Emily Shanks (1857-1936), was the second daughter of James Shanks senior. Emily studied at the Moscow School of Painting, Sculpture and Architecture and was the first woman to be made a full member of the Peredvizhniki - the Russian Society for Travelling Art Exhibitions. Emily learnt anatomy at the anatomy school of a Russian hospital. Emily's paintings are much admired in Russia and are on display at the Tretyakov gallery and have recently been included in touring exhibitions of works of the Peredvizhniki.
Louise Maude (née Shanks)
Louise Shanks married Aylmer Maude and as a team they produced the first translations of the works of Tolstoy in to English. Aylmer specialised in the philosophical works of Tolstoy and Louise translated Tolstoy's novels. Their translations were published in both names. The Oxford University Press Centenary Edition of Tolstoy came out in 21 volumes between 1928 and 1937. Tolstoy thought highly of the Maudes's translations, saying better translations "could not be invented." For many years these were the standard Tolstoy translations and considered to be of high quality. http://en.wikipedia.org/wiki/Aylmer_and_Louise_Maude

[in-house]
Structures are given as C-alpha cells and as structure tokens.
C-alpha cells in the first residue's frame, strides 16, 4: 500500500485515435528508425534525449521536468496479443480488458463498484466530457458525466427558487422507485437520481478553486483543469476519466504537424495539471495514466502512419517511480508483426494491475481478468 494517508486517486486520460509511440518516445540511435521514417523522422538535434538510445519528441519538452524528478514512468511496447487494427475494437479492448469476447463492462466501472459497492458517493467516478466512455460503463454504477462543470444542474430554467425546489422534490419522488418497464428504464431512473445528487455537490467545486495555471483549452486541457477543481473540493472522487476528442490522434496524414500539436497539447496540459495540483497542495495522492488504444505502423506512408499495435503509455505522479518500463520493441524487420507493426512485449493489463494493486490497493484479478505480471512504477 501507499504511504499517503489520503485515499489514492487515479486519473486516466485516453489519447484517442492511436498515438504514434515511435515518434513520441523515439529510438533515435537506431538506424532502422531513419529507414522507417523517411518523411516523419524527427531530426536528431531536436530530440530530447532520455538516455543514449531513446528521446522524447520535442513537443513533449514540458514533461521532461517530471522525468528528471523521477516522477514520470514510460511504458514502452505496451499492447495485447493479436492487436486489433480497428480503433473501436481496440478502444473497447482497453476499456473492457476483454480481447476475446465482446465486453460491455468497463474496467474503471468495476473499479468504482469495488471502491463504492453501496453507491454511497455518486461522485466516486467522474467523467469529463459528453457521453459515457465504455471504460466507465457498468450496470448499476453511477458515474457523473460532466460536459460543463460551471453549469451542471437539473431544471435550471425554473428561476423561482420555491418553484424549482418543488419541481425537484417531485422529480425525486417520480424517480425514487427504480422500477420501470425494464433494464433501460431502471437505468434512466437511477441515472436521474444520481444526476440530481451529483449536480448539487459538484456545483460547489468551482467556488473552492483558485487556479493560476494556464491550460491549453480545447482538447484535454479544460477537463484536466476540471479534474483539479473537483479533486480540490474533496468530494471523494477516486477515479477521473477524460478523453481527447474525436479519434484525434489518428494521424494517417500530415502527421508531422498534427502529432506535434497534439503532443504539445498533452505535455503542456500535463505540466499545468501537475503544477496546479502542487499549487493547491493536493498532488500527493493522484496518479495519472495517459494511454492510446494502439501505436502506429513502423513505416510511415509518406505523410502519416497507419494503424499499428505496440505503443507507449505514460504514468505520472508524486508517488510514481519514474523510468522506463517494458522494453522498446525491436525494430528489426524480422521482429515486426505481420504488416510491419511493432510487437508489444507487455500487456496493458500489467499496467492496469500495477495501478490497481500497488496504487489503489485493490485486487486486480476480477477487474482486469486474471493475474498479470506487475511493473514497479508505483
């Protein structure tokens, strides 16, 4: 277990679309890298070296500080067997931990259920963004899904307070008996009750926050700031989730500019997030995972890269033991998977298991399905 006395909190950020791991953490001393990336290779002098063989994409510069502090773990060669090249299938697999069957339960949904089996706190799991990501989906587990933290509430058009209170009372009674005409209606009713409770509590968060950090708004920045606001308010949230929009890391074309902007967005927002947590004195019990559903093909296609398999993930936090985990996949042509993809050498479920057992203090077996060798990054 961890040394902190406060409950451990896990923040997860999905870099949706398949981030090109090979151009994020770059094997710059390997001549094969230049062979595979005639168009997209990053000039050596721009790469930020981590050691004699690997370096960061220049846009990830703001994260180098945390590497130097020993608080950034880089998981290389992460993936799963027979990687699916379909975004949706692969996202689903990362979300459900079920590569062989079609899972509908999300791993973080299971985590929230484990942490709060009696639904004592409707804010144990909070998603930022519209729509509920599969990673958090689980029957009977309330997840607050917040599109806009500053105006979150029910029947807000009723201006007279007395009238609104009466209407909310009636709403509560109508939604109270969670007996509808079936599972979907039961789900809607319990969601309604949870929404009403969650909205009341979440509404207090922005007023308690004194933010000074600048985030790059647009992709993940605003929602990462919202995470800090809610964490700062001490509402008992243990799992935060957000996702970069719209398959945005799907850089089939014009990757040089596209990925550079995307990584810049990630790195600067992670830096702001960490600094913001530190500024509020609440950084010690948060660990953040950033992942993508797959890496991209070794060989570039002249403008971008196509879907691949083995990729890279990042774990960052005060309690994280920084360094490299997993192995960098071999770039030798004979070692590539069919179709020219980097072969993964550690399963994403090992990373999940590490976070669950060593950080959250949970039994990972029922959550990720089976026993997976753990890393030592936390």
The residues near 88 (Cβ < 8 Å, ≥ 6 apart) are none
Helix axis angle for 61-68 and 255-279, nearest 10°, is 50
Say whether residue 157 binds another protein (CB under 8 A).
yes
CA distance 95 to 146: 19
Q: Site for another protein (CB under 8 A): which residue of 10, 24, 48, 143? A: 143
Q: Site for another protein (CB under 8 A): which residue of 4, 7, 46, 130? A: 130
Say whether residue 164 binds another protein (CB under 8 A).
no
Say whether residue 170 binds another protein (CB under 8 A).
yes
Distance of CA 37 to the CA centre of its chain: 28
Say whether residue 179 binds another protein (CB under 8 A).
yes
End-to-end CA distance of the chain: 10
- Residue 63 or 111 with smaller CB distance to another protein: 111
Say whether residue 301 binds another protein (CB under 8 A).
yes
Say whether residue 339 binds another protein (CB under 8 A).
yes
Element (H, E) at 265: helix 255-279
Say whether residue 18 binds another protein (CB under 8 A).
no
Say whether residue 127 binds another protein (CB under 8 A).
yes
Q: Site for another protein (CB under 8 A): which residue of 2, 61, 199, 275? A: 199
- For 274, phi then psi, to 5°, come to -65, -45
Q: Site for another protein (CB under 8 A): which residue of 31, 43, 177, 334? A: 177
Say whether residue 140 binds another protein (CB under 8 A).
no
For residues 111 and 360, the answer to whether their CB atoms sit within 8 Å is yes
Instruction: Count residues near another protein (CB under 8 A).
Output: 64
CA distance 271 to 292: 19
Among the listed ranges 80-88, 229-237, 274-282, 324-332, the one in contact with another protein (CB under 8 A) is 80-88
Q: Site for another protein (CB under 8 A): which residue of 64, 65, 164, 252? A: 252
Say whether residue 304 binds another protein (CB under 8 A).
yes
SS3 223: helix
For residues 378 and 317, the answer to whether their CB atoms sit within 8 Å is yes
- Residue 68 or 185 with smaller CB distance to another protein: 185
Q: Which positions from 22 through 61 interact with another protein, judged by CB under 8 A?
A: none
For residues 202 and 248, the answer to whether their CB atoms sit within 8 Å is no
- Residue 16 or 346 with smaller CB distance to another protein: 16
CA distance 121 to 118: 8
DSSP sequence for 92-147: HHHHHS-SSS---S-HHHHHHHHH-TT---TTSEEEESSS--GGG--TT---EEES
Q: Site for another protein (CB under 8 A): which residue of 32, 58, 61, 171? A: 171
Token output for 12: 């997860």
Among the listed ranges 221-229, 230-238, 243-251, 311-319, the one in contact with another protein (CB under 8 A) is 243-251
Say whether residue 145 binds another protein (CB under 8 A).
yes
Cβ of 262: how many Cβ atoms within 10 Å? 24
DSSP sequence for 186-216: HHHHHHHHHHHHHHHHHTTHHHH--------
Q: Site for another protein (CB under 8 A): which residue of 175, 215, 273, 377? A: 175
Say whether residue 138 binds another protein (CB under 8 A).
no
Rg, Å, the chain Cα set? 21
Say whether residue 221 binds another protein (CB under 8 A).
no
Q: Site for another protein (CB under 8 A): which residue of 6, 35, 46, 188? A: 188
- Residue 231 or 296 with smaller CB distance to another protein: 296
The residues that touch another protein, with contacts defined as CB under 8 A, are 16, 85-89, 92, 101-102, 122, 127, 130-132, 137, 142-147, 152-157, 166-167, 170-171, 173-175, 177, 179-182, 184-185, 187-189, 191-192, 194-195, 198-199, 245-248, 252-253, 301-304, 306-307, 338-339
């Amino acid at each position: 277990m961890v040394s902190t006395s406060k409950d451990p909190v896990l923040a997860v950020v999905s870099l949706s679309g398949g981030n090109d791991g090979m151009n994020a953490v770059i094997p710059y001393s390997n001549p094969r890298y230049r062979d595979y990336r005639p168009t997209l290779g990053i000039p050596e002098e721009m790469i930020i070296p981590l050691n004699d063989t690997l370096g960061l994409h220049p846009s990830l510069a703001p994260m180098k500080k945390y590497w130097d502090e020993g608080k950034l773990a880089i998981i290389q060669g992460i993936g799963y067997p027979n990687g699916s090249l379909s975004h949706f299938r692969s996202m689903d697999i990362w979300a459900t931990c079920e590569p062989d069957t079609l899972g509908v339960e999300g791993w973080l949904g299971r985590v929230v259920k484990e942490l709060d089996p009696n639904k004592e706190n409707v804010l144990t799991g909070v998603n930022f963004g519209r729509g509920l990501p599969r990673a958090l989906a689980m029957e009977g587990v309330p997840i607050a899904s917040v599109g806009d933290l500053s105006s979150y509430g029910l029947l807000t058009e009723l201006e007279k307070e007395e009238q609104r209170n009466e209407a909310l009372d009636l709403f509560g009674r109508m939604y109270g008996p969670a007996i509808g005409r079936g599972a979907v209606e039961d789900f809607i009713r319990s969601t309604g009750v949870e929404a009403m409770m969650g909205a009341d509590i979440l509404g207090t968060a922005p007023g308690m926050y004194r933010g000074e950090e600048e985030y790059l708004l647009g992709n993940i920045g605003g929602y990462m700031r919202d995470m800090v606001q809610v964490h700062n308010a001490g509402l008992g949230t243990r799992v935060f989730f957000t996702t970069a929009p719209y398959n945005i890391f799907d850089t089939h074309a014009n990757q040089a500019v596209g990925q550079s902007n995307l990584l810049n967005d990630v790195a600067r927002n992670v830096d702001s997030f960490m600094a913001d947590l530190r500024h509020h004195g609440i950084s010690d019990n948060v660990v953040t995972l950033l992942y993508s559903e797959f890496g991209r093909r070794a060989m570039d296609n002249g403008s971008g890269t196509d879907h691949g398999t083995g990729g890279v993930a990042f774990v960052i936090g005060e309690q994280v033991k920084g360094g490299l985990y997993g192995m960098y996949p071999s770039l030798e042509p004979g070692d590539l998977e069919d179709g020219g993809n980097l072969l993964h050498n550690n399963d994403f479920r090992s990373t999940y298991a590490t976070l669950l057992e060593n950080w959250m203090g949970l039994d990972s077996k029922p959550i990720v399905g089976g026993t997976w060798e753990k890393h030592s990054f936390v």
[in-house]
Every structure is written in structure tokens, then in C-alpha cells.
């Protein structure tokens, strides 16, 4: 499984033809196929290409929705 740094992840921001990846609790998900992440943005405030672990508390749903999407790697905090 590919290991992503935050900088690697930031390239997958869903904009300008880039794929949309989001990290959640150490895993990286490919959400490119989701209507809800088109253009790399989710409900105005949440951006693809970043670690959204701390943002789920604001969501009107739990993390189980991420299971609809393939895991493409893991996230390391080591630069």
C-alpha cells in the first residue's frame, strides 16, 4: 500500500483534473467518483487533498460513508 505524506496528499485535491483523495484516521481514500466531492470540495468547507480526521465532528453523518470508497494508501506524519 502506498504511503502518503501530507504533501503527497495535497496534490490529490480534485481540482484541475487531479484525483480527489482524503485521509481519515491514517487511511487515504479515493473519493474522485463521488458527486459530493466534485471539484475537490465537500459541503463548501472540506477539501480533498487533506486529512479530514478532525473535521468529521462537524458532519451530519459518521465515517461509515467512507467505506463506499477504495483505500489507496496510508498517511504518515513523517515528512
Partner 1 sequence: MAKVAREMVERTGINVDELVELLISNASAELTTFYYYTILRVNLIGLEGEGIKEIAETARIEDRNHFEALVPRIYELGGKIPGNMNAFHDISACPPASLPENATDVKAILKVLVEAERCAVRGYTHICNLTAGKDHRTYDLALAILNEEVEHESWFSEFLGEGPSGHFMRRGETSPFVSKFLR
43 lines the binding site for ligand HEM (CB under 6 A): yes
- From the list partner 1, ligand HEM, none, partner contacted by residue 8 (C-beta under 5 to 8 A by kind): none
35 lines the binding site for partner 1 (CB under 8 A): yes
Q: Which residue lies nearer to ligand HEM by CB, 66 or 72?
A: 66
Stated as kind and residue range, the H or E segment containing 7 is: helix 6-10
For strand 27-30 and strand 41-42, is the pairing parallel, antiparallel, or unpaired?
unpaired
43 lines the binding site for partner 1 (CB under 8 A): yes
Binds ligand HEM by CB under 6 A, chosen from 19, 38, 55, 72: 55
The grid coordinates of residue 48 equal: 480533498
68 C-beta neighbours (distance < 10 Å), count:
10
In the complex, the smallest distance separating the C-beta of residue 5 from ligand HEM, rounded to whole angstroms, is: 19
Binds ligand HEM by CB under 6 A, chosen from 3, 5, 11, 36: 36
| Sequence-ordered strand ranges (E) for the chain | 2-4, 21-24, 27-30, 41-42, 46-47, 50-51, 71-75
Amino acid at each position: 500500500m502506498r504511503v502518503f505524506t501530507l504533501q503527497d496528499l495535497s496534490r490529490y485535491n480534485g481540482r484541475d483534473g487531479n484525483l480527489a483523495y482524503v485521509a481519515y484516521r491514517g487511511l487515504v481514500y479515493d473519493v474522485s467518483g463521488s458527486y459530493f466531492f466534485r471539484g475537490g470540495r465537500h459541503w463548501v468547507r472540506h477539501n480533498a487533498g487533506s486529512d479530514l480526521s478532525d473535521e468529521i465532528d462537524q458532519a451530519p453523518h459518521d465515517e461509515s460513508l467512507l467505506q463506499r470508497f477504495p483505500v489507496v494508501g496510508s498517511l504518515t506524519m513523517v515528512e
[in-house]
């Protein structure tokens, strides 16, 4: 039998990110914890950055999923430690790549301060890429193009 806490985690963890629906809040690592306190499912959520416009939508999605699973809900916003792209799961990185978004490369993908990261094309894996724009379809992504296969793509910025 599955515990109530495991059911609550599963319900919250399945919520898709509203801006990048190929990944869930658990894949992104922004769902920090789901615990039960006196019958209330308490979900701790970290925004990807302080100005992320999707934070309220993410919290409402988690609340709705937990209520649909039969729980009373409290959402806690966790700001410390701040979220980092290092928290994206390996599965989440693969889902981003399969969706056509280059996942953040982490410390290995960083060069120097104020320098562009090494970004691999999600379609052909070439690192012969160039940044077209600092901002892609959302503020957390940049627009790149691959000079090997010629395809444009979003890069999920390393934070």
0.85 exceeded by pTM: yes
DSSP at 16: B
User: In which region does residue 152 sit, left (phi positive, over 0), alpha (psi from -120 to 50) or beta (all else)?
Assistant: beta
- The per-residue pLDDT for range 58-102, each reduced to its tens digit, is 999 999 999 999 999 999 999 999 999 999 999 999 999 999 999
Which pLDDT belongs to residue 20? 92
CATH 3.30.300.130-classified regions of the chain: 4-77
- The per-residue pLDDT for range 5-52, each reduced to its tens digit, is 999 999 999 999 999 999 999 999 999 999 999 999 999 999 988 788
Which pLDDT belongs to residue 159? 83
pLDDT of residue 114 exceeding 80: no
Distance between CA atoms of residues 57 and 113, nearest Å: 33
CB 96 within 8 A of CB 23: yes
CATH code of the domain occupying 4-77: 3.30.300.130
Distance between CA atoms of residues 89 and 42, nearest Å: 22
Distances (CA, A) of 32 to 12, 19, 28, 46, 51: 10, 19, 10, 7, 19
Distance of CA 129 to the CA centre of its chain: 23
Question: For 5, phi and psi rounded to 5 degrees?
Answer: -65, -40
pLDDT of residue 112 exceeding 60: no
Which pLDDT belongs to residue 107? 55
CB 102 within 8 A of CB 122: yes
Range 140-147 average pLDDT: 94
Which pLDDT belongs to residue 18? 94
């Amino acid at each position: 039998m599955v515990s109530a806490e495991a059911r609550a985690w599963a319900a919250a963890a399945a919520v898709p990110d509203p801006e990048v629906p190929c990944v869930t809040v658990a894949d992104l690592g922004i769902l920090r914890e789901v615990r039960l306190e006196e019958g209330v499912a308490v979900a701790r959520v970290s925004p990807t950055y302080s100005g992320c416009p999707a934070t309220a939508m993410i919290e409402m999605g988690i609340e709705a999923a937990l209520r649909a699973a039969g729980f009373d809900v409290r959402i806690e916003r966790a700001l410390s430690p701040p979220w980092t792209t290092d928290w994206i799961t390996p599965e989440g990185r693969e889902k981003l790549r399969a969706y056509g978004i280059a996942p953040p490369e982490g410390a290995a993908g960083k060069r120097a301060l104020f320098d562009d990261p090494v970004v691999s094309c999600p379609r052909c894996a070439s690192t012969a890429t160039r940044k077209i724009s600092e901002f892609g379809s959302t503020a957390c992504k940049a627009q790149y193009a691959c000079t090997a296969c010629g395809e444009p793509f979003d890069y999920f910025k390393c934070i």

Mary Shanks (1866-1949) also studied at Moscow School of Painting, Sculpture and Architecture. She knew Tolstoy and prepared illustrations for Tolstoy's Where Love is, God is. Mary and Emily were visitors to Tolsoy's home and their names can still be seen in Tolstoy's visitors book. Mary adopted an orphaned peasant child, Anya Troup, and took her to England to be educated. In Memories of Revolution, Anya recalls that Mary held meetings of Tolstoyan discussion group at the Pokroffka until these came to the attention of the Tsarist authorities. When Mary's friend (and German national) Natalia Yencken was arrested and then exiled from Russian, Mary accompanied Natalia to England where they eventually settled in Teignmouth, Devon.